Orthopaedic referral

Whiskey26
Whiskey26 Member Posts: 88
edited 3. Apr 2023, 09:15 in Living with arthritis

The Registrar at my GP surgery is referring me to Orthopaedics, due to an increase in pain in my hip ( diagnosed with severe OA in both hips in Oct 2020). I've been out the house 4 times since Christmas, as it's so painful some days. It's a good job I'm a bit of a homebird and done mind being at home. The question I have is ...does anyone have experience of their first Orthopaedic visit and what it may involve? Apart from giving birth twice and the odd rounds of stitches as a child, I've never been in hospital. I'm ashamed to say at 58, I am absolutely terrified. Please help!

Comments

  • Trish9556
    Trish9556 Member Posts: 390

    Hi

    Orthopaedics are generally lovely and want to help.

    Make sure you tell them everything about your pain and how it affects your life,. Including feeling and being housebound. Tell them what you used to do and what the Arthritis has stopped and what you want to be able to do again. Walking, exercising, going out, grandchildren, housework, personal care are all some if the things that are good to relate.

    X-rays and scans don't always reflect the pain or how it affects us.

    They'll also want to know about any treatment you've had, medications your on and any other illnesses you may have. I find it helpful to write/type it all down in some sort of order so you don't forget anything which is easy to do if you're nervous.

    It can also help to take somebody with you who knows what you're going through.

    You will probably also have your legs and hips examined and manipulated. I try to remember not to take any painkillers before I go so they get the whole picture if your real life!

    Love n hugs and good luck

    Trish xx

  • Whiskey26
    Whiskey26 Member Posts: 88

    Thank you @Trish9556 for your message. I appreciate the things you've said and advised me to say. I agree that taking notes is a great idea, as usually there are things we forget to say at the time aren't there!? Can I just ask....when you say they examine legs and hips, is this clothed or unclothed (in underwear)? Have you been through a replacement yourself?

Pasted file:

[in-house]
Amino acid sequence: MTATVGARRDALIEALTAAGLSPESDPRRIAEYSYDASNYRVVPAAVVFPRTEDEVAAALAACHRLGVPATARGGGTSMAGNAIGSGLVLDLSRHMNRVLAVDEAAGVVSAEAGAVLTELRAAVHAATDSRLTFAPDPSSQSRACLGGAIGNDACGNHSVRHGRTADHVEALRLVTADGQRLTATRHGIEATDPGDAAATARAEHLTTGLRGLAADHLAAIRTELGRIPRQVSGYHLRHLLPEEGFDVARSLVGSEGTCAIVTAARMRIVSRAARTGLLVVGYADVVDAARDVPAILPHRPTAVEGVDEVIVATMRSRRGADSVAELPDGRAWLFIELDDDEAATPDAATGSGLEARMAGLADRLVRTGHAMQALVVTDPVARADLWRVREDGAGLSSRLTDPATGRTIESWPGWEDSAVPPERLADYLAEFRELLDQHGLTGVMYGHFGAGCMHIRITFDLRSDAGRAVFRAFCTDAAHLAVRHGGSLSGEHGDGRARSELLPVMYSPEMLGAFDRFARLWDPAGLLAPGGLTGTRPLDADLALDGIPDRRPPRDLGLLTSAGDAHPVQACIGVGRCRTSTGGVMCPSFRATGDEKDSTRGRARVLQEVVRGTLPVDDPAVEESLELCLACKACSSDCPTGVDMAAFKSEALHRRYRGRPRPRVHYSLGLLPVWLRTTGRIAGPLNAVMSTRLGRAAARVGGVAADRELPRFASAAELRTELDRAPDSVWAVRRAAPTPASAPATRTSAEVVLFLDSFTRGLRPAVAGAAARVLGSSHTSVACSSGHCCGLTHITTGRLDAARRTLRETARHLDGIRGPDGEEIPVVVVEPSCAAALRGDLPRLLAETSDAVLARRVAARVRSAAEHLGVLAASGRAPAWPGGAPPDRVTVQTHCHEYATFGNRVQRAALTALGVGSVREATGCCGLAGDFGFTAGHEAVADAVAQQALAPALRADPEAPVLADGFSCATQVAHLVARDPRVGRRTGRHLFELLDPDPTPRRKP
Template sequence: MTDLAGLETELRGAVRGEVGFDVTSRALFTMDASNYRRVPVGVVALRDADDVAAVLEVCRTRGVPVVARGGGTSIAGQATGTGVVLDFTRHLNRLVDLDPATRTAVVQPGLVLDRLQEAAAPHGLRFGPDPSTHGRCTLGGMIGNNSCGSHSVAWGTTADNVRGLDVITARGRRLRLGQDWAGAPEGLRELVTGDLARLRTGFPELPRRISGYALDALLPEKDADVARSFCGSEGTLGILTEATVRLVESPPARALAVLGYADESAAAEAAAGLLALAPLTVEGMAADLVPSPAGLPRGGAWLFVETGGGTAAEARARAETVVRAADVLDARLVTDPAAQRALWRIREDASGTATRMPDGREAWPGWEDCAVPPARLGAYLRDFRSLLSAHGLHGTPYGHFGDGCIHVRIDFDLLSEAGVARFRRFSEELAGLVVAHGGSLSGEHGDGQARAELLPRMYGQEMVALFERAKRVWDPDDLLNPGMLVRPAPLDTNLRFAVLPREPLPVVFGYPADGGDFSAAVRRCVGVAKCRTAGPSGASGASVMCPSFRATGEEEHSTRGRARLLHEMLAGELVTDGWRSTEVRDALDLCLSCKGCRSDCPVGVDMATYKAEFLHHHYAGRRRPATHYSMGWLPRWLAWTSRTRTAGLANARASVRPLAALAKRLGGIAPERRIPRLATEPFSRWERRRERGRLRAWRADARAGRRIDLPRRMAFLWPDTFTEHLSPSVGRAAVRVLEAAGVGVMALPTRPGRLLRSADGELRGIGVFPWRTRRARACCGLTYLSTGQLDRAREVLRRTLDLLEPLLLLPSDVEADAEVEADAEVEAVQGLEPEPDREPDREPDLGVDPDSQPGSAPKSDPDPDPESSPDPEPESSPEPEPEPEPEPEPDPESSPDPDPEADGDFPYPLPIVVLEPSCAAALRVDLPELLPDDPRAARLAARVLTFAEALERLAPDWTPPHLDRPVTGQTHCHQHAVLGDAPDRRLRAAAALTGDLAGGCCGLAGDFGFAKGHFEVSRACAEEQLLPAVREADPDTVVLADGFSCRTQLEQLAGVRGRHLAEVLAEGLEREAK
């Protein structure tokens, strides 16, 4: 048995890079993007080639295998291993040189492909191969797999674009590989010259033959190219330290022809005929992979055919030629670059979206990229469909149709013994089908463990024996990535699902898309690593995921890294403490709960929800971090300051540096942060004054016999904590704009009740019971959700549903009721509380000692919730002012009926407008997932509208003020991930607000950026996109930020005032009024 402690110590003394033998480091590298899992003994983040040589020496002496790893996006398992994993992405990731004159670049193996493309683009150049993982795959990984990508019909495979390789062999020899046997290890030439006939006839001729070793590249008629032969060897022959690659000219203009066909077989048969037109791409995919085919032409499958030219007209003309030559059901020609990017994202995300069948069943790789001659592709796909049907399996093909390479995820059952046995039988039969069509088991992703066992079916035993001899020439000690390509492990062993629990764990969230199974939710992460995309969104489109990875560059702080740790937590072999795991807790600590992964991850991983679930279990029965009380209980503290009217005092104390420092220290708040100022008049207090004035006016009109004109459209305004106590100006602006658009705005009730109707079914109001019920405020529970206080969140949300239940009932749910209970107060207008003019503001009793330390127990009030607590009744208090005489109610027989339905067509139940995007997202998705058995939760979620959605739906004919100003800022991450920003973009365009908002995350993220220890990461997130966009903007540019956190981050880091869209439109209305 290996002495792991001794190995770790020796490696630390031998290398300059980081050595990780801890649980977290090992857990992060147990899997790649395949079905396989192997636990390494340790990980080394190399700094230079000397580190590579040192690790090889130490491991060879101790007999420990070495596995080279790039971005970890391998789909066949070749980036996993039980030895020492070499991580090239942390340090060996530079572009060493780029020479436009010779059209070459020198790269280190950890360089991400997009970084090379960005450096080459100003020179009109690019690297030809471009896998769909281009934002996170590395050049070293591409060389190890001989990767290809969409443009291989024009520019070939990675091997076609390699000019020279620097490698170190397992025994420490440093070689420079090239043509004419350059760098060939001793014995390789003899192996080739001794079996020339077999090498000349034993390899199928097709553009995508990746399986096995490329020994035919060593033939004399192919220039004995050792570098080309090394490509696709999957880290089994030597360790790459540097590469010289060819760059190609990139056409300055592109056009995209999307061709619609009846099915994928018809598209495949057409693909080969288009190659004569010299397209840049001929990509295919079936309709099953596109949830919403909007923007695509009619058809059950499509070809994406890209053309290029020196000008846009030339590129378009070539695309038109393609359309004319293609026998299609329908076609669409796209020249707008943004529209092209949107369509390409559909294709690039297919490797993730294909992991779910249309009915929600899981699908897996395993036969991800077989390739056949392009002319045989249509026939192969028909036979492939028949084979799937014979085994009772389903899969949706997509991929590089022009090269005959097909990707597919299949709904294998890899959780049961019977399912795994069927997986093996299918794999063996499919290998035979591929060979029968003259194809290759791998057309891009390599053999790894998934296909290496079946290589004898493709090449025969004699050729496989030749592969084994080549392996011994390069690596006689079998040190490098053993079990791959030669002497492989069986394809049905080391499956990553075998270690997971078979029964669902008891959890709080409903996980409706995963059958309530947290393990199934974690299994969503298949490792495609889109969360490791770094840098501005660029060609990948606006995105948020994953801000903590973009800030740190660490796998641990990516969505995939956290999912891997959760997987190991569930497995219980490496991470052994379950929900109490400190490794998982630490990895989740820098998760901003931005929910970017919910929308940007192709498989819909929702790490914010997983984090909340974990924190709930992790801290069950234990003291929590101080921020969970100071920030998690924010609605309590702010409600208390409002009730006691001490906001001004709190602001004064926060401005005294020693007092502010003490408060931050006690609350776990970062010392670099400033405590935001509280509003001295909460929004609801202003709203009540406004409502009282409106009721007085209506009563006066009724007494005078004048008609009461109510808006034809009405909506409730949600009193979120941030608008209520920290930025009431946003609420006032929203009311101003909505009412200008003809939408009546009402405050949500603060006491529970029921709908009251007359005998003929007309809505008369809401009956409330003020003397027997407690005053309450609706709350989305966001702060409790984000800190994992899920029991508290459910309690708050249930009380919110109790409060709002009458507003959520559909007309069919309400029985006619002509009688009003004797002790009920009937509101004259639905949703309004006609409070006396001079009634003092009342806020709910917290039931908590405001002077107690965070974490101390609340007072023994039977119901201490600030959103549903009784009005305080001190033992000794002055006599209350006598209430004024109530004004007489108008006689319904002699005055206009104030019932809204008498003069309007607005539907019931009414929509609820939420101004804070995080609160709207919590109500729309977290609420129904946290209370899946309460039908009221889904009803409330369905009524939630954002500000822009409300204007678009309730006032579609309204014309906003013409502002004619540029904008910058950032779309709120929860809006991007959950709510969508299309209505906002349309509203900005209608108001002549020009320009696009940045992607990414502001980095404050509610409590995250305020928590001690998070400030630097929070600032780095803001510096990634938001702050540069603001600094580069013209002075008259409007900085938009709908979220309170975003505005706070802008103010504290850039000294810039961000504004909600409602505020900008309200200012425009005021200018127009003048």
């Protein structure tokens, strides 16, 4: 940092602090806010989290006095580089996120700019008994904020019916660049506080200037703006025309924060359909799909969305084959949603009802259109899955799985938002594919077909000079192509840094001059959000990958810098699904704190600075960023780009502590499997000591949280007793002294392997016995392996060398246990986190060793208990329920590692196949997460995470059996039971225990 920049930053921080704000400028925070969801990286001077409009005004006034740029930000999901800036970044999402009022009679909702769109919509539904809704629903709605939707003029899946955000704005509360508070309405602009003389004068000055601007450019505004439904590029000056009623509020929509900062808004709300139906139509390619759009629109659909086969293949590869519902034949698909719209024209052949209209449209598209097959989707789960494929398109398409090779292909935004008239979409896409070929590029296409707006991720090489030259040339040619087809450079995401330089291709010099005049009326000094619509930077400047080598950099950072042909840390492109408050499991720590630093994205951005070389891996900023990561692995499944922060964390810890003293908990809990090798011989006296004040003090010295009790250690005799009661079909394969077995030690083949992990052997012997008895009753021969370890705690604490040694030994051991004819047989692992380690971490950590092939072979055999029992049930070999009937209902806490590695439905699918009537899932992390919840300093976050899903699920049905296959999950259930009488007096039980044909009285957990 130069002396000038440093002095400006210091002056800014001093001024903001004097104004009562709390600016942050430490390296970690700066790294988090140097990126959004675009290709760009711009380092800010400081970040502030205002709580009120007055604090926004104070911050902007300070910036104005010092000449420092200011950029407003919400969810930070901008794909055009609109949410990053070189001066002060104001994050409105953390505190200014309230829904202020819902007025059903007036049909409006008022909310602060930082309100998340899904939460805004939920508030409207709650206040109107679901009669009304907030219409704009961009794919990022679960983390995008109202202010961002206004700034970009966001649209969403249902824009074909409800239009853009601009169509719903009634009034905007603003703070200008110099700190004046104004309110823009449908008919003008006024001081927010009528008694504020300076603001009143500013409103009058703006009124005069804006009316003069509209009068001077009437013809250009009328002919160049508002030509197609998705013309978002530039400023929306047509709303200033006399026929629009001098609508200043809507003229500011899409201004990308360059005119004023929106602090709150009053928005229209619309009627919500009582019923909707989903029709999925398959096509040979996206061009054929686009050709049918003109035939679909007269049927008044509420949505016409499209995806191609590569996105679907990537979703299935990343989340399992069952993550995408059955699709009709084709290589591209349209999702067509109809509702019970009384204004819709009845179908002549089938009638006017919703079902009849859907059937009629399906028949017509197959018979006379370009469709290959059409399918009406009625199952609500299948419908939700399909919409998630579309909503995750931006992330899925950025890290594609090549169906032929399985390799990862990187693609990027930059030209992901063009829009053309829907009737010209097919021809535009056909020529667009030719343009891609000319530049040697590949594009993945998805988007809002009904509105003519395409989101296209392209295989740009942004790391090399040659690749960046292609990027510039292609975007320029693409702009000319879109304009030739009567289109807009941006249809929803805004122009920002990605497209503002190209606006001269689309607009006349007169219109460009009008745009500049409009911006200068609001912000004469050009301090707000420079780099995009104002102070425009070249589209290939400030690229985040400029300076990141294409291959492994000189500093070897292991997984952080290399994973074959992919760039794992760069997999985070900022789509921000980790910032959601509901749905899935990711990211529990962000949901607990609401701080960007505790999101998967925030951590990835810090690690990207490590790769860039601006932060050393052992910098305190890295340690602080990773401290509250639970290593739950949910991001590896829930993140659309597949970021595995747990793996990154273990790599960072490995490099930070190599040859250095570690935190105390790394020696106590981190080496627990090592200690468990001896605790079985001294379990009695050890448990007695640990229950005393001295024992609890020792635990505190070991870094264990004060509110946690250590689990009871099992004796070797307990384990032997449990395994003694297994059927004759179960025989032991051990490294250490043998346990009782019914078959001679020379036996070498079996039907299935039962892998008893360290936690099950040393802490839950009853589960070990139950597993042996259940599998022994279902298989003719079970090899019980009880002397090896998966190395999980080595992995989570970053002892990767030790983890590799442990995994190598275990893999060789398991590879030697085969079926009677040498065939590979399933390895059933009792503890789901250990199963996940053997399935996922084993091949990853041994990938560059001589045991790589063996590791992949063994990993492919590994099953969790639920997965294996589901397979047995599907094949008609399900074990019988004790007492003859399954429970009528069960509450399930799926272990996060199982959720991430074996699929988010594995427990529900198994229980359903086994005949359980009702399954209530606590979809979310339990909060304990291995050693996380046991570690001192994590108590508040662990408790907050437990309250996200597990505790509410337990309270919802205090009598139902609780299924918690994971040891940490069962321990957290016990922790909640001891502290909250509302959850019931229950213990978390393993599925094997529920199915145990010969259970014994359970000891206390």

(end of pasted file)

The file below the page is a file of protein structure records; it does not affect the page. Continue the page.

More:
• Trish9556
    Trish9556 Member Posts: 390

    Hi @Whiskey26

    I've not had a replacement myself at this stage but expect you will remain clothed (possibly having to remove socks and shoes) while they move your legs around to see what movement you've got in your hips and how much pain there is when they do.

    I have however seen more than my fair share of surgeons, and orthopaedic surgeons in my life :)

    Love n hugs

    Trish xx

  • Whiskey26
    Whiskey26 Member Posts: 88
    edited 3. Apr 2023, 15:36

    Thank you @Trish9556! I feel so silly being ' scared' at my age and even though the thought of regaining some of my life back in the future is something I will look forward to, the thought of an operation fills me with dread. I hate needles!

  • Nfk_gal0617
    Nfk_gal0617 Member Posts: 39

    Hello Whiskey 26, I think of hospital as a tunnel needed to be traveled through to get to the light at the end.

    Trish has some very good hints and tips, knowing what to expect is half the battle for those of us who like to know. Sadly the NHS is so time pressured that we just get the info they need to give us sometimes. Do write your questions down. I find it helps me prioritize the important questions and it helps off load the round and round thoughts that keep me awake at night. We also all get out into the corridor, after the appt, and think ' Oh blow or * I forgot to ask'!

    Having experienced 6 general anaesthesia myself I'm hardened to hospitals, all surgeical wards have been ok post op, some better than others.